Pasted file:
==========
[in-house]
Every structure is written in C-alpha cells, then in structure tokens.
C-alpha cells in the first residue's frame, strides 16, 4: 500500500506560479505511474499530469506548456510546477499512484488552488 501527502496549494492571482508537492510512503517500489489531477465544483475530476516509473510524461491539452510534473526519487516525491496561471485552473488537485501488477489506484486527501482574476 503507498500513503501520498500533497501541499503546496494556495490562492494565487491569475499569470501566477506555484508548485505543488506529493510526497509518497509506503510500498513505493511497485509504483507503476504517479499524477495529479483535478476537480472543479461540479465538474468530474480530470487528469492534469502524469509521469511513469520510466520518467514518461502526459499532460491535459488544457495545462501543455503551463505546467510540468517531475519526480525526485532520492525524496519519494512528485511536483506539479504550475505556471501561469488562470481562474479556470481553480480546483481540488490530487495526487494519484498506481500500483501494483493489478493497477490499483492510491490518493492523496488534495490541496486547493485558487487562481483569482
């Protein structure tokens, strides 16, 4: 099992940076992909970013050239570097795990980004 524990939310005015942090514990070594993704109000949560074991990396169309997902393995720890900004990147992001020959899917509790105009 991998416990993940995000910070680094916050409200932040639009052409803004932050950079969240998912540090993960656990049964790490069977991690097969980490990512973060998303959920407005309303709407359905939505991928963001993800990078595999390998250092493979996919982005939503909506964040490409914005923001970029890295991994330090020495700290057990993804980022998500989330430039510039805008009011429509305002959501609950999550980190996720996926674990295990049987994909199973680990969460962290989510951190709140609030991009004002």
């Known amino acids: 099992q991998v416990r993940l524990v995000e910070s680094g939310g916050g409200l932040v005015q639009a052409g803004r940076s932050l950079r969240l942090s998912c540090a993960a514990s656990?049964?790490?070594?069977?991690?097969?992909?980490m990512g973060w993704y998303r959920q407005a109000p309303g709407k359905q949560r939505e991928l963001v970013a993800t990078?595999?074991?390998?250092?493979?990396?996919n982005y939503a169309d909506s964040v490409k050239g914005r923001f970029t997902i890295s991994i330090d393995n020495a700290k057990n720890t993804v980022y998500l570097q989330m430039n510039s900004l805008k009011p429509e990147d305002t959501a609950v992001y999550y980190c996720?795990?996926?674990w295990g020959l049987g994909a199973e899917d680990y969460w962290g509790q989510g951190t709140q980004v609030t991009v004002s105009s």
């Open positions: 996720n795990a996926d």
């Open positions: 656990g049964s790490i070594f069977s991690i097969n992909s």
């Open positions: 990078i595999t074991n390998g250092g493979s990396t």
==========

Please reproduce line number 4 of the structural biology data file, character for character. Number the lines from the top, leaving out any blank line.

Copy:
């Protein structure tokens, strides 16, 4: 099992940076992909970013050239570097795990980004 524990939310005015942090514990070594993704109000949560074991990396169309997902393995720890900004990147992001020959899917509790105009 991998416990993940995000910070680094916050409200932040639009052409803004932050950079969240998912540090993960656990049964790490069977991690097969980490990512973060998303959920407005309303709407359905939505991928963001993800990078595999390998250092493979996919982005939503909506964040490409914005923001970029890295991994330090020495700290057990993804980022998500989330430039510039805008009011429509305002959501609950999550980190996720996926674990295990049987994909199973680990969460962290989510951190709140609030991009004002």